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Difference between Invoice and Cash Basis Accounting

Understanding the difference between invoice and cash basis of accounting is an important accounting principle that you must understand.

Value added tax is something that most businesses are accustomed to. In fact, it’s so important that we wrote a guide on the subject here. VAT, if you didn’t already know, is a tax on consumer spending.

Businesses collect VAT on behalf of Revenue on the goods or services that they sell. At some time, depending on the setup of the business, they become liable to pay this VAT collected to Revenue.

The amount of VAT that you are liable to pay can differ depending on what basis of accounting your business adheres to. There are two types basis of accounting, the invoicing basis and the cash basis. Deciding upon which basis to run your accounts using should be something that you discuss with your accountant when the business is being set up.

If your business is using the invoice basis of accounting, it becomes liable for VAT once an invoice is sent for sales that the business makes. So, even if the company hasn’t received payment for a sale that has been made, it will still be liable to pay for the VAT charged on that sale if an invoice has been raised and sent to a customer/client.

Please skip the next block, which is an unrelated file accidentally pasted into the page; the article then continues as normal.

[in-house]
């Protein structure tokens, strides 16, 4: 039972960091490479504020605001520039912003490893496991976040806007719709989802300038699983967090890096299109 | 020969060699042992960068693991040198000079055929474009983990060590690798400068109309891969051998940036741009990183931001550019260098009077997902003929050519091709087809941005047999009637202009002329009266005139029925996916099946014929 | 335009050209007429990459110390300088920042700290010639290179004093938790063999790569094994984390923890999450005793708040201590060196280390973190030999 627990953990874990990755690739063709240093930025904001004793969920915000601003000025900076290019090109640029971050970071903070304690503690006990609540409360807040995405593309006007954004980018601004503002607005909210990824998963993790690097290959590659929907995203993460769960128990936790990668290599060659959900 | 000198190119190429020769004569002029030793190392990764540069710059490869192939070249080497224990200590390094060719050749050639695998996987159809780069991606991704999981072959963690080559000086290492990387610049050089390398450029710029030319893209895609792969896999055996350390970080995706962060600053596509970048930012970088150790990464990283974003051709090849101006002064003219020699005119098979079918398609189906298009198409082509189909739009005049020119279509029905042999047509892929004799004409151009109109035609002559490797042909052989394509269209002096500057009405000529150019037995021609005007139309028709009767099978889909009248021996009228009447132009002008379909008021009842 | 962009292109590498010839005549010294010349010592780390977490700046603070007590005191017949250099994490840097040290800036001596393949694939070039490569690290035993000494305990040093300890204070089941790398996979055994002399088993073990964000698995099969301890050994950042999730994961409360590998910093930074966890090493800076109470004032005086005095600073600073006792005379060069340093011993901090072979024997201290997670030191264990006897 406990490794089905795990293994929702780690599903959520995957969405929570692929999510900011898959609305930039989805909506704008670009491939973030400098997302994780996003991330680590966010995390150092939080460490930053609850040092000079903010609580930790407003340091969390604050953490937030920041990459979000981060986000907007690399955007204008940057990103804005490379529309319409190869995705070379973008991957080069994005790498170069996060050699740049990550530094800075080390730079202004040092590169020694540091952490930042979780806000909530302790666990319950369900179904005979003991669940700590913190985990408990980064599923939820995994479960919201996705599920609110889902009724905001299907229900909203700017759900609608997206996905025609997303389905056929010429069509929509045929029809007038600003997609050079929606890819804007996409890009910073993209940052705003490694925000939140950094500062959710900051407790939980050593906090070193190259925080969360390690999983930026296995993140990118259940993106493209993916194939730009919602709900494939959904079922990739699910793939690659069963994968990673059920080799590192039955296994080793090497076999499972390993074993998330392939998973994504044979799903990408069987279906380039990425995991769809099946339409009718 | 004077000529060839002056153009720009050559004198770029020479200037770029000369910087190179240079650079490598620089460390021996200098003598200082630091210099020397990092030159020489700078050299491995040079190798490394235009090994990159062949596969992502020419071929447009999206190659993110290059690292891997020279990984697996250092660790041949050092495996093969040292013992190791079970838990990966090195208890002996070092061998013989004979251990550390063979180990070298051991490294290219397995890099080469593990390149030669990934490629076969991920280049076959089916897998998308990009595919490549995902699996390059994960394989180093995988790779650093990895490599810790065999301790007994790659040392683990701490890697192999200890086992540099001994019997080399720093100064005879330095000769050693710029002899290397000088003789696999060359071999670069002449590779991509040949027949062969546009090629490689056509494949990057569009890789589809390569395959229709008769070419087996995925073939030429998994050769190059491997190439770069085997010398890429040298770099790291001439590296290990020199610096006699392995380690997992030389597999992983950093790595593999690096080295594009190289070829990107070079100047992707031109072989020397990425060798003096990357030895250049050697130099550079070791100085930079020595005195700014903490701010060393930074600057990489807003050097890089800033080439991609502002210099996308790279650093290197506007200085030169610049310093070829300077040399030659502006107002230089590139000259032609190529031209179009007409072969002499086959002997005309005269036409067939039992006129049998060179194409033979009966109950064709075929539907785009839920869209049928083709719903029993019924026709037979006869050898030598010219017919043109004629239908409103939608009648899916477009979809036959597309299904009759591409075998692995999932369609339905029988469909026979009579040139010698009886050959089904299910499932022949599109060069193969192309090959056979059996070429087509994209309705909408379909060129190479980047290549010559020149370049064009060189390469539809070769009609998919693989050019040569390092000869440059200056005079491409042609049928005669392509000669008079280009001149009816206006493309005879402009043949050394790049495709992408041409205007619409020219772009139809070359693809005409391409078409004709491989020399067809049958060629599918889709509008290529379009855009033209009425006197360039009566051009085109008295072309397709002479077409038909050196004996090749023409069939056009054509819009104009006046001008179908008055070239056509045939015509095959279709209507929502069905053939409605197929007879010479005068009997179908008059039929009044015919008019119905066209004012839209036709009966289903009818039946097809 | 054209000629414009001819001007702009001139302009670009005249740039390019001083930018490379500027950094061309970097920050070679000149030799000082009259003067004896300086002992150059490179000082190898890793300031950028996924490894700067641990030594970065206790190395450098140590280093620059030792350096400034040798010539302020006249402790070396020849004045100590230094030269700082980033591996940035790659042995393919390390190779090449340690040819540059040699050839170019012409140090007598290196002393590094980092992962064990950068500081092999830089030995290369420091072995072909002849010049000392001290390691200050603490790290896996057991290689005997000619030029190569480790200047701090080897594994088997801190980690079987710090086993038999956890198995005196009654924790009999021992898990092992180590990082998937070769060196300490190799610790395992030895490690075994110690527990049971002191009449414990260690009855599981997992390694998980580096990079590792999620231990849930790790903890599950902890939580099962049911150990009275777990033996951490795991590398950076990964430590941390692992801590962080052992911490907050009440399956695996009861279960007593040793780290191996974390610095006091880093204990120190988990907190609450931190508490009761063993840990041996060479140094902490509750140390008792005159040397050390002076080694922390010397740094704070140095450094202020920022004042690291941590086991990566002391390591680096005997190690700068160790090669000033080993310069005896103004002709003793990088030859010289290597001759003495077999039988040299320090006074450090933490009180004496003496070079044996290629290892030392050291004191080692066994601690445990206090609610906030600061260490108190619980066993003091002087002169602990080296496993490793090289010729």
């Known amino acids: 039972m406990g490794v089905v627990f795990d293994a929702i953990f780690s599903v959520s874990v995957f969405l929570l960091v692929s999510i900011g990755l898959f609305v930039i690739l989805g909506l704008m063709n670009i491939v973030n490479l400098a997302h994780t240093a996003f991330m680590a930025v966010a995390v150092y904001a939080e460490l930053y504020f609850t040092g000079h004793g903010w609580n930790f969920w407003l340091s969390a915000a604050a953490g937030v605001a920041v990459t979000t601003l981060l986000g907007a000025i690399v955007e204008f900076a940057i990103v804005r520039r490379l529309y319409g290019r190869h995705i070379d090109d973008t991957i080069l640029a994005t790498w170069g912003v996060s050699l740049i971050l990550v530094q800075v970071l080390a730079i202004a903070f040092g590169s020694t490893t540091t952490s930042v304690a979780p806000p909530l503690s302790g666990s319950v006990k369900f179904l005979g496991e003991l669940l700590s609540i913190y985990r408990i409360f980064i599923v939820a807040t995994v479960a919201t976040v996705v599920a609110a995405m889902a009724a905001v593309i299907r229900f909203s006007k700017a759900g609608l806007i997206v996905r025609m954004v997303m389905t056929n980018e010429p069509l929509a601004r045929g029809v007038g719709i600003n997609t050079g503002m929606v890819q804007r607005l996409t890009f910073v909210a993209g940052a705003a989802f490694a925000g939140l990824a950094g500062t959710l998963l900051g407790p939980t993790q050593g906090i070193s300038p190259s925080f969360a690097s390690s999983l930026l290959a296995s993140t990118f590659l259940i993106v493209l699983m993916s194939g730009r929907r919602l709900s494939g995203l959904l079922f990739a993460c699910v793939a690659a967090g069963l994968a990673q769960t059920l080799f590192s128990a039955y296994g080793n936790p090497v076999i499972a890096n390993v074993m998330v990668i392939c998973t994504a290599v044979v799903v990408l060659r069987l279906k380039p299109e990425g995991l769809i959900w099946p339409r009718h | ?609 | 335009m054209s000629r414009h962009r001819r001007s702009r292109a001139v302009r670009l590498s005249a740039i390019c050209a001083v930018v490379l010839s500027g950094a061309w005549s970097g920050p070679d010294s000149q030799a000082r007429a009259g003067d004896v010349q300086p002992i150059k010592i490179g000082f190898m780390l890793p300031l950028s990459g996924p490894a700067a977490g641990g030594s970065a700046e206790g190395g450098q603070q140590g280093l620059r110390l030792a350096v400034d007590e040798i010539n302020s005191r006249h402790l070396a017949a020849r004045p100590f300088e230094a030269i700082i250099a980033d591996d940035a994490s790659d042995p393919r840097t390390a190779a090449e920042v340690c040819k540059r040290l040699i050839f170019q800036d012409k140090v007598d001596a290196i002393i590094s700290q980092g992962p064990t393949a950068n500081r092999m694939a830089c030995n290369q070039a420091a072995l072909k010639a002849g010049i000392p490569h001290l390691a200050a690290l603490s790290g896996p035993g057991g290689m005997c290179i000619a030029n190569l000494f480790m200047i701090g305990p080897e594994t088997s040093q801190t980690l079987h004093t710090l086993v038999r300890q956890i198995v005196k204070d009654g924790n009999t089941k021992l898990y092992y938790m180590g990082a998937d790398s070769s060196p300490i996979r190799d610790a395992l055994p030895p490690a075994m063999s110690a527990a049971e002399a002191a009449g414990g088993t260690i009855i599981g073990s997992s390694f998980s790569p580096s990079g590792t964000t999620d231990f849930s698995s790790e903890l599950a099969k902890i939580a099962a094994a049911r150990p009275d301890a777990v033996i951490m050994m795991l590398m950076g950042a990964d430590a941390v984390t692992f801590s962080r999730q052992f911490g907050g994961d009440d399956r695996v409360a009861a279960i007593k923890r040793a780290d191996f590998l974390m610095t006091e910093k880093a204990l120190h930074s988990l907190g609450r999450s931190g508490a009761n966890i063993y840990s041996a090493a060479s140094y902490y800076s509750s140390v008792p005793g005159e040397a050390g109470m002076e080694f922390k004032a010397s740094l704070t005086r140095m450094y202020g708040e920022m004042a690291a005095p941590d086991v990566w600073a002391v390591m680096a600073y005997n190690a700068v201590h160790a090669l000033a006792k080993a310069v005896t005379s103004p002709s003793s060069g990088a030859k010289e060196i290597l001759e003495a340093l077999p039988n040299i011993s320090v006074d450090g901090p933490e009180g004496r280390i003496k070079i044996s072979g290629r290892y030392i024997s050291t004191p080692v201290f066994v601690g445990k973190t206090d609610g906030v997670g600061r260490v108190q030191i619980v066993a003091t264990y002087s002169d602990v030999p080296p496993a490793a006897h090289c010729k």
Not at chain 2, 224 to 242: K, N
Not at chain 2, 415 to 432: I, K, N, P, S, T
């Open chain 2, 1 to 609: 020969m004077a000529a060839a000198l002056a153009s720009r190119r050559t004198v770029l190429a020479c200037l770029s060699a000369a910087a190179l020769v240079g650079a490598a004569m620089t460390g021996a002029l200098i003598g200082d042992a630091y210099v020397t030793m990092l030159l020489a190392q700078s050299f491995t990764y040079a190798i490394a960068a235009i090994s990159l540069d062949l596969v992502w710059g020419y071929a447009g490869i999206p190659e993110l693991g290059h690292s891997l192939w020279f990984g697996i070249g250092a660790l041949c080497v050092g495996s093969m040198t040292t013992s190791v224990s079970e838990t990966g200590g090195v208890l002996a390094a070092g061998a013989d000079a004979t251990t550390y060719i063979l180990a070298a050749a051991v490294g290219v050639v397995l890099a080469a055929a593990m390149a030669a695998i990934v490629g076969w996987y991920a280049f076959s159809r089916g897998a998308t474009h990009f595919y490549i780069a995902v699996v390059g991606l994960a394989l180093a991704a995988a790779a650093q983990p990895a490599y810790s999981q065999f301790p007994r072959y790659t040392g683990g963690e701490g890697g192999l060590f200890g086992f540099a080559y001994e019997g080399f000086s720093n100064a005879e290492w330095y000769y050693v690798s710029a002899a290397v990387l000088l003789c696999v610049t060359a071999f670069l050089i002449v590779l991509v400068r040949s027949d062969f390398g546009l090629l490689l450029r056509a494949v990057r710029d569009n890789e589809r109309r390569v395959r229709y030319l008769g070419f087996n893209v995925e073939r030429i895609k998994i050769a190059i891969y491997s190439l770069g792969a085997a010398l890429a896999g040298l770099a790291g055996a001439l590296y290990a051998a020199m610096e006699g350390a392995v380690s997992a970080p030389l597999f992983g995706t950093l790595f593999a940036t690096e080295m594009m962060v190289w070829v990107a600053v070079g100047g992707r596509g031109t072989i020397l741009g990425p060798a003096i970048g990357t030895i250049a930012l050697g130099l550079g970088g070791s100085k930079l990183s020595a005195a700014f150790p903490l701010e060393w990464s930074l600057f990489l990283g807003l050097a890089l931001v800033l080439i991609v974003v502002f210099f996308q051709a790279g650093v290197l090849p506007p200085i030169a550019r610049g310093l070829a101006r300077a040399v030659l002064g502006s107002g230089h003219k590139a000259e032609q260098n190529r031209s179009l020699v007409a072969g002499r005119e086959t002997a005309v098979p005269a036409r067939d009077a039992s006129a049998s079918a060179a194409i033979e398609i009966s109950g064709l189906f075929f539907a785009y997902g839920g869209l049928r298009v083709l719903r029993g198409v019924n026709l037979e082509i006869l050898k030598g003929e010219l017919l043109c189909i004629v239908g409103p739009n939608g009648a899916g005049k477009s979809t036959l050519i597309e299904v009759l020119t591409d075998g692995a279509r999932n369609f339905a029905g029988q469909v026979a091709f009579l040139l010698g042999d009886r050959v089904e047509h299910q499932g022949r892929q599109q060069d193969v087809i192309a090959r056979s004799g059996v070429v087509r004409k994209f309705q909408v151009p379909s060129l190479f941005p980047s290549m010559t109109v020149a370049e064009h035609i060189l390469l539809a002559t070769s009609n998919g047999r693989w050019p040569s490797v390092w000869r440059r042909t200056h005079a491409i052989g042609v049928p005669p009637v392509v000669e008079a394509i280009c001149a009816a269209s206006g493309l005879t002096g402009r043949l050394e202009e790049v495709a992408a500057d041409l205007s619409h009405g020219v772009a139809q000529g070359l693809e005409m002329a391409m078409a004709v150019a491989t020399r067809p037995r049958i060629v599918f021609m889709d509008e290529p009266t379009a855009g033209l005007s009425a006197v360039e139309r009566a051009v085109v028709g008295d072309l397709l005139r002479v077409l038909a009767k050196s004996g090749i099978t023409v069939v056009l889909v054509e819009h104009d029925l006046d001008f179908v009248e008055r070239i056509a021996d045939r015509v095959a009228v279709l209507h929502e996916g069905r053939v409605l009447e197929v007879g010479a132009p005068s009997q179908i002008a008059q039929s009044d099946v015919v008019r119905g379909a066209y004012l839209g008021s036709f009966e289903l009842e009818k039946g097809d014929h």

Your business may also use the cash basis of accounting which is more formally known as the money received basis of accounting. Under this basis, a business only becomes liable for VAT on sales it makes when it receives payment for that sale and not before.

There are certain criteria that you must meet in order to be eligible for the cash basis of accounting. Either, your annual turnover must be less than €2,000,000 or the vast majority of your customers must not be registered for VAT. However, if a customer is registered for VAT, you must issue a VAT invoice to them.

There are potential cash flow implications depending on what basis of accounting you choose. So making the best decision for your business is important and as outlined above, your accountant should definitely have input into this issue.